Stocks have soared ever since Donald Trump stunned everyone by winning the presidency, but Trump’s victory was far from a landslide mandate. Hillary Clinton won the popular vote by over 2.6M votes. This marks the fifth time a president has won the electoral college but lost the popular vote—and Trump’s popular vote deficit was much larger than the previous four times this election outcome occurred.
But before Democrats claim a moral victory, they would be wise to examine the congressional tally. According to the Wall Street Journal, Republicans won 3M more House votes than Democrats. That means a staggering 5.5M voters picked Clinton and then voted for a Republican congressional candidate—which not only speaks volumes to Trump’s personal unpopularity, but to the rightward drift of white voters.
Wednesday marked the fortieth birthday of the most investor-friendly idea in stock market history: the index fund. Forty years ago Vanguard introduced the first fund that merely tracked the S&P 500. It has appreciated 6,334 percent since inception, trailing the S&P by a mere .14 percent annually, all of which was the ‘expense ratio’ charged investors. Few, if any other funds have matched or exceeded this annual return.
Today roughly $5 trillion is invested in index funds. Vanguard is the largest index manager, with over $3 trillion in assets under management (AUM). Other money managers now offer index products alongside their traditional, actively managed funds.
Study after academic study shows that index funds outperform most actively managed funds. The reason is simple. Fees. The average expense ratio for actively managed stock funds is around 1.5 percent. It is somewhat less for fixed income funds. As Vanguard founder John Bogle has convincingly shown, a fund with a 1.5 percent annual fee (and the same pre-fee annual return) will produce a much smaller total return over a multi-year period than a fund with a .14 percent annual fee.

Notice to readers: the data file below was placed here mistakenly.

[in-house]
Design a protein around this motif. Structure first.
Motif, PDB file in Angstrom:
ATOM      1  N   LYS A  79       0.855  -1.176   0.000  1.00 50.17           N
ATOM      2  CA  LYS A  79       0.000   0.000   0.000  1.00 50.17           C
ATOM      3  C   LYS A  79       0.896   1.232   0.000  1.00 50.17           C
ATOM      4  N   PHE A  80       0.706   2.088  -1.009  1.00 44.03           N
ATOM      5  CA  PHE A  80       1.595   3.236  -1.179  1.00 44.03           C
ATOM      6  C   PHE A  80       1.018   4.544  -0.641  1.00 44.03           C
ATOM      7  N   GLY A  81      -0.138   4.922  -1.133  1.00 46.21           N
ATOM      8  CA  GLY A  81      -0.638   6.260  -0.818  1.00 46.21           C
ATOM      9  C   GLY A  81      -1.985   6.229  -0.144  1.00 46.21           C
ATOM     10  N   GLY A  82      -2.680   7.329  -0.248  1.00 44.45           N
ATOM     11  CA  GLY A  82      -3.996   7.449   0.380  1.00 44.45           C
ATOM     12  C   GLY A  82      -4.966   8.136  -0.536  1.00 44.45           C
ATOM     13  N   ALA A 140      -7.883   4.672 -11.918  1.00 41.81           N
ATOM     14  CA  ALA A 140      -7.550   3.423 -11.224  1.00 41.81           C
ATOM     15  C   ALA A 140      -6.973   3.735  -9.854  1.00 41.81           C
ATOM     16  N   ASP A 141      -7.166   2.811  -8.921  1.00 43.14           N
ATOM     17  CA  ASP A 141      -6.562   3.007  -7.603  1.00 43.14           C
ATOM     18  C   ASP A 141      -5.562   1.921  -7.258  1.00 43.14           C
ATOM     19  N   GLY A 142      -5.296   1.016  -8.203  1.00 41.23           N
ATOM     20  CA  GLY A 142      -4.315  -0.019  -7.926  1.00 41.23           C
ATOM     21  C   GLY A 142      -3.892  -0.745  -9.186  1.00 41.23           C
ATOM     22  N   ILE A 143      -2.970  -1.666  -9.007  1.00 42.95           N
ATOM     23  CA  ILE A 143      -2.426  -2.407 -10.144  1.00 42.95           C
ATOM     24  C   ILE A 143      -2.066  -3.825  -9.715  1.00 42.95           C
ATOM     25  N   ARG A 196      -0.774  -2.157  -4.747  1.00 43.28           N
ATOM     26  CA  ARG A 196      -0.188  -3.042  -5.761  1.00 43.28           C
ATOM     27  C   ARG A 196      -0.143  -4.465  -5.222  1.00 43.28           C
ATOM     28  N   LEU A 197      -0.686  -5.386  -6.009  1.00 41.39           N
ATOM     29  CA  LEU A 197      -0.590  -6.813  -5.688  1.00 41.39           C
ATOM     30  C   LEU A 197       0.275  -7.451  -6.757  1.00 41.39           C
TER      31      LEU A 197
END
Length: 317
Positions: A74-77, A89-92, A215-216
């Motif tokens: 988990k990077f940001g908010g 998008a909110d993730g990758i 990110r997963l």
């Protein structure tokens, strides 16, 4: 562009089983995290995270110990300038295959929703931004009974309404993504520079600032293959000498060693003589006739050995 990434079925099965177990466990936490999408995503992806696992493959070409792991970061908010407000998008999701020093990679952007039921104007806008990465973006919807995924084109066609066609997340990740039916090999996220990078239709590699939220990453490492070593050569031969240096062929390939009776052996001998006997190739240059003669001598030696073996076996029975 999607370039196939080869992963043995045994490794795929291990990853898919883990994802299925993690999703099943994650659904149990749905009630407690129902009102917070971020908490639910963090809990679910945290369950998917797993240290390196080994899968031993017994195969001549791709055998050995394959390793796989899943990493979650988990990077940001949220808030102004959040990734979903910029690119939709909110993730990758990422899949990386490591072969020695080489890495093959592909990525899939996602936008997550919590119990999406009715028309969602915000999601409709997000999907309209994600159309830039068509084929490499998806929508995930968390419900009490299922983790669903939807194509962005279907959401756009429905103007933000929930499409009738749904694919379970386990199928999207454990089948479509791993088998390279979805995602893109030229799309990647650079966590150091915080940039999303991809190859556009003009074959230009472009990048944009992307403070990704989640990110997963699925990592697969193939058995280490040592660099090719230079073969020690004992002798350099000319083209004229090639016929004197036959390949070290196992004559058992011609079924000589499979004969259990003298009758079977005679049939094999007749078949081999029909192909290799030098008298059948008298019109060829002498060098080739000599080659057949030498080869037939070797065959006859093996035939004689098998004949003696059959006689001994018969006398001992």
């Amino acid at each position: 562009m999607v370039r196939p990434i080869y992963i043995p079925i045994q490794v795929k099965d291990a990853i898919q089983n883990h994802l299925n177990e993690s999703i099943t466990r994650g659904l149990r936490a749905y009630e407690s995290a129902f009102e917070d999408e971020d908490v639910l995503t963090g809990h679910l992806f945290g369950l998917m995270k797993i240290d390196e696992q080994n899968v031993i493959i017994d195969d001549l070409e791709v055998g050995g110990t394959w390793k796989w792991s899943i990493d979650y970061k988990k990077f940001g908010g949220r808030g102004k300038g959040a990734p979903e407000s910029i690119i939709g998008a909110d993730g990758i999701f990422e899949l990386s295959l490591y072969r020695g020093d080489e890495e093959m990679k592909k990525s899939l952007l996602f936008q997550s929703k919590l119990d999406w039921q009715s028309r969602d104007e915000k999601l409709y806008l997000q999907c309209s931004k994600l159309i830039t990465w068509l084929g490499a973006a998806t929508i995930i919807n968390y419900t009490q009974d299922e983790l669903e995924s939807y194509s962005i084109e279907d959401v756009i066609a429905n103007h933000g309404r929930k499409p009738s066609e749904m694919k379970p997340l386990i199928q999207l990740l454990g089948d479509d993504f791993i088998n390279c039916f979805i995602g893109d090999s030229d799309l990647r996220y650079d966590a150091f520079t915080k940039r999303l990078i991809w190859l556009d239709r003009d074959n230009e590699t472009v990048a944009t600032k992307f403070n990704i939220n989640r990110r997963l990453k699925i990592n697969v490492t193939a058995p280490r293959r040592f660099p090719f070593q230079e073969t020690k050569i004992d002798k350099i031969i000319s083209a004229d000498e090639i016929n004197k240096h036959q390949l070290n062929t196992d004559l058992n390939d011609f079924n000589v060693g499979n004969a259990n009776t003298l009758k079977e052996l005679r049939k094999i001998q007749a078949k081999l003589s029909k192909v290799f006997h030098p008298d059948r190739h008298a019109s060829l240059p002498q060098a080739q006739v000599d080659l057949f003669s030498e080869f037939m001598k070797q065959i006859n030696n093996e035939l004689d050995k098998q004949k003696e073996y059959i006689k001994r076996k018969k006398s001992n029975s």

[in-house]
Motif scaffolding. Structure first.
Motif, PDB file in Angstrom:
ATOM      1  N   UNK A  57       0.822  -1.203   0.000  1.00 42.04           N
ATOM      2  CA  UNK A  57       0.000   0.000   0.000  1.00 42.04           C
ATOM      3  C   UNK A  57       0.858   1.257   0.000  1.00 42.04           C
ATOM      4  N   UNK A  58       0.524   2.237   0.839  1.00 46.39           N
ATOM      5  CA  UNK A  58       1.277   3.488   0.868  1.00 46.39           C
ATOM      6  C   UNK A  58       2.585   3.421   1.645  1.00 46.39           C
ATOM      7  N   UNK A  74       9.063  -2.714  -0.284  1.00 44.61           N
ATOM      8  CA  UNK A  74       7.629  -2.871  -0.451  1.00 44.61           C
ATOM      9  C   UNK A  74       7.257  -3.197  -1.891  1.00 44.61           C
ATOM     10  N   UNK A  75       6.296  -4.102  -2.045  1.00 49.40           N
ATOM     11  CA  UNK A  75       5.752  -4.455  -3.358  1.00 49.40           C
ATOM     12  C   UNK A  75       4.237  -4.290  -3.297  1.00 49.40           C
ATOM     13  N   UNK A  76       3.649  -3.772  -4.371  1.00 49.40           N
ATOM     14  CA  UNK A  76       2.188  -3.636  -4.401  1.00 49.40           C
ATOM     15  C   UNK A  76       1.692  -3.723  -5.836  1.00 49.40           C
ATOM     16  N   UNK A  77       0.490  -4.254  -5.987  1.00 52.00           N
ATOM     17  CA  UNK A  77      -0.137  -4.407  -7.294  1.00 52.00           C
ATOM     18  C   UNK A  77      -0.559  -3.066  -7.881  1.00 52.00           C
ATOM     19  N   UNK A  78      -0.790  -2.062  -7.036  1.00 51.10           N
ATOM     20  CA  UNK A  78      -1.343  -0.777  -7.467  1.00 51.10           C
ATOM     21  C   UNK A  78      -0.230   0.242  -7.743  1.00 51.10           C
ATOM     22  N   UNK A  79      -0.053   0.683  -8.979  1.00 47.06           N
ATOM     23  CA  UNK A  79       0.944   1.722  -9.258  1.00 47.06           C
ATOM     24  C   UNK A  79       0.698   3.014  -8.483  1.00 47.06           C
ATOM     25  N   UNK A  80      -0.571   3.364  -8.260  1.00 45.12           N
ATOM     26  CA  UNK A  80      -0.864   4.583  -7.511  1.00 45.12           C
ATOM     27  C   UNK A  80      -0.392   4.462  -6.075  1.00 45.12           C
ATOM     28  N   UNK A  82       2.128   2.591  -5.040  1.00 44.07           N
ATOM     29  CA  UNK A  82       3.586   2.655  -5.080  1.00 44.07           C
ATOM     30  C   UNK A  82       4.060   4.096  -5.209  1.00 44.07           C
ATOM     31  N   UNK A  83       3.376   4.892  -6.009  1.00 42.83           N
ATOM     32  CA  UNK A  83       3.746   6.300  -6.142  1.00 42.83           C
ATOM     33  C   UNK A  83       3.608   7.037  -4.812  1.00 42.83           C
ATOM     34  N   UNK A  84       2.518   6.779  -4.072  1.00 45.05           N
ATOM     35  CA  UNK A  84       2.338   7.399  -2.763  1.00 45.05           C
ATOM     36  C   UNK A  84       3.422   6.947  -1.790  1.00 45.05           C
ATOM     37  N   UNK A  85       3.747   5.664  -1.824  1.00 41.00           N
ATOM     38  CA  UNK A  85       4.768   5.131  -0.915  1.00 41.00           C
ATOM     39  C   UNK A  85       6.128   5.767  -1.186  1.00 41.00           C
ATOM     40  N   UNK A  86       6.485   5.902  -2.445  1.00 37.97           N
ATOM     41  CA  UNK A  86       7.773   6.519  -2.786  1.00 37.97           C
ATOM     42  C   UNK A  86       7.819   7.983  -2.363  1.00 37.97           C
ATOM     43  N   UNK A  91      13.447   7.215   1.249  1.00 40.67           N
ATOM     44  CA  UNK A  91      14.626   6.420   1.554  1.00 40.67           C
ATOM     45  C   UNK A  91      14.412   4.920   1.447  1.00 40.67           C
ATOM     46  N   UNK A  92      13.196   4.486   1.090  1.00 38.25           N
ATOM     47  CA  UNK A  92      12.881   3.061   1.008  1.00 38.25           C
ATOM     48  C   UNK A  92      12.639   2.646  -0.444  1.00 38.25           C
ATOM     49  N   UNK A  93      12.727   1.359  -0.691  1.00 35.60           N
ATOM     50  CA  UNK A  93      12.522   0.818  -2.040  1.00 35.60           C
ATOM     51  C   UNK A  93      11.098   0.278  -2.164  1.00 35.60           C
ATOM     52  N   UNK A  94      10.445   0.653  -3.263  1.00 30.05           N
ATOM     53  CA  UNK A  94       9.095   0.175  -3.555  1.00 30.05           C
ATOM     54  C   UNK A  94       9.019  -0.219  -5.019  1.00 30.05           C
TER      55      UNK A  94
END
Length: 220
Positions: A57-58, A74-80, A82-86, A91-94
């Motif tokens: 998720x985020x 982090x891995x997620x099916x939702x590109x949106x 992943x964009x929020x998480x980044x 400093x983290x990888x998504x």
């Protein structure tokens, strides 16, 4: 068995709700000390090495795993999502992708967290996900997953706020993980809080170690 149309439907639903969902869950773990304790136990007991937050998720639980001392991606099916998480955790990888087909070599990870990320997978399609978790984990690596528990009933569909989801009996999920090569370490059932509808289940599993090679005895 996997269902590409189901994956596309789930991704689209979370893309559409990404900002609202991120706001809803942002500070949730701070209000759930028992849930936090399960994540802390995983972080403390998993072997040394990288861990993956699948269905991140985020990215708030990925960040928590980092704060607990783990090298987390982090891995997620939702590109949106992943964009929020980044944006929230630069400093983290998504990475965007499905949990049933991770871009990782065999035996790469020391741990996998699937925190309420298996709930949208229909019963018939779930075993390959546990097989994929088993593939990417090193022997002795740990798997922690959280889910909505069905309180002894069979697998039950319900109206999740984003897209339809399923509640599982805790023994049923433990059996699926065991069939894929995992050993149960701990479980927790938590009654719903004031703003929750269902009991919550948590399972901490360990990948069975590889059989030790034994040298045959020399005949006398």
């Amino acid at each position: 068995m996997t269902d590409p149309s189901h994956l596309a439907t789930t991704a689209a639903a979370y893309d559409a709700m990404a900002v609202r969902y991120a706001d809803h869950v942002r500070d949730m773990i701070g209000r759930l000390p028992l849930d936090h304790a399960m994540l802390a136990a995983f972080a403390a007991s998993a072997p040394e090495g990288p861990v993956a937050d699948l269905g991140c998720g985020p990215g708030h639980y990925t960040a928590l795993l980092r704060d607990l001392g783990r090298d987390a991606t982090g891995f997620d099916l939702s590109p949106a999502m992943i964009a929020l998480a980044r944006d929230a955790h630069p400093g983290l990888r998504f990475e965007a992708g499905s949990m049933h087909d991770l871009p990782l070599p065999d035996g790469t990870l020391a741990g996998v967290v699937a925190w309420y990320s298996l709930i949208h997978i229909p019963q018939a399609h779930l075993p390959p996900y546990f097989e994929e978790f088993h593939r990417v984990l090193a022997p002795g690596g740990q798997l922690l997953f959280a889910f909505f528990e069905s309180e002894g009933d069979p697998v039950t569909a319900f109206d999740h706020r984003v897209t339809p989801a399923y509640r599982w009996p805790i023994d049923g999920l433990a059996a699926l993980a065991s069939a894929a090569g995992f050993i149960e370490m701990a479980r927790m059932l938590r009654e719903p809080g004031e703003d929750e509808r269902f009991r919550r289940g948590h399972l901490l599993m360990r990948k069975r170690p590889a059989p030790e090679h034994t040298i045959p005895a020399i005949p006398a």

Investors have taken notice. According to the Wall Street Journal, they have invested $409 billion in passive index funds in the last year and pulled $310 billion out of actively managed funds over the same period. Roughly 20 percent of all money in stock funds is now indexed, up from zero 40 years ago.
I suspect this trend will accelerate.
We are definitely living through the financial equivalent of the steroids era on Wall Street, with celebrity fund managers jacking up their assets under management and posting (allegedly) too-good-to-be-true returns. But beyond the ego-driven corruption of places like Manhattan and Greenwich, there are hopeful signs that things might be getting better in my industry. Not surprisingly, two of the best examples of this trend come from a place regular readers of this blog know I am quite fond of: Texas.
A million years ago in the 1980s I managed a mutual fund that charged new investors something called a “front end load” fee. Just for the privilege of giving their money to my company, our customers had to pay an obscene 5.75 percent of their investment right off the bat. Thankfully, those kinds of fees are rare nowadays. But mutual funds are still fleecing their investors in a big way.
When I quit the mutual fund racket in 1990, the industry was booming. It had recently found a huge new source of revenue–retirement accounts. The old pension system was dying and everyone was hailing Wall Street’s brilliant new financial invention–the 401(k). Trust me, after four years inside that business, I can say in all confidence that people shouldn’t put a red cent into actively managed mutual funds, let alone their entire life savings. And yet 60 million Americans have now placed their nest eggs in 401(k)’s. That’s a scary thought.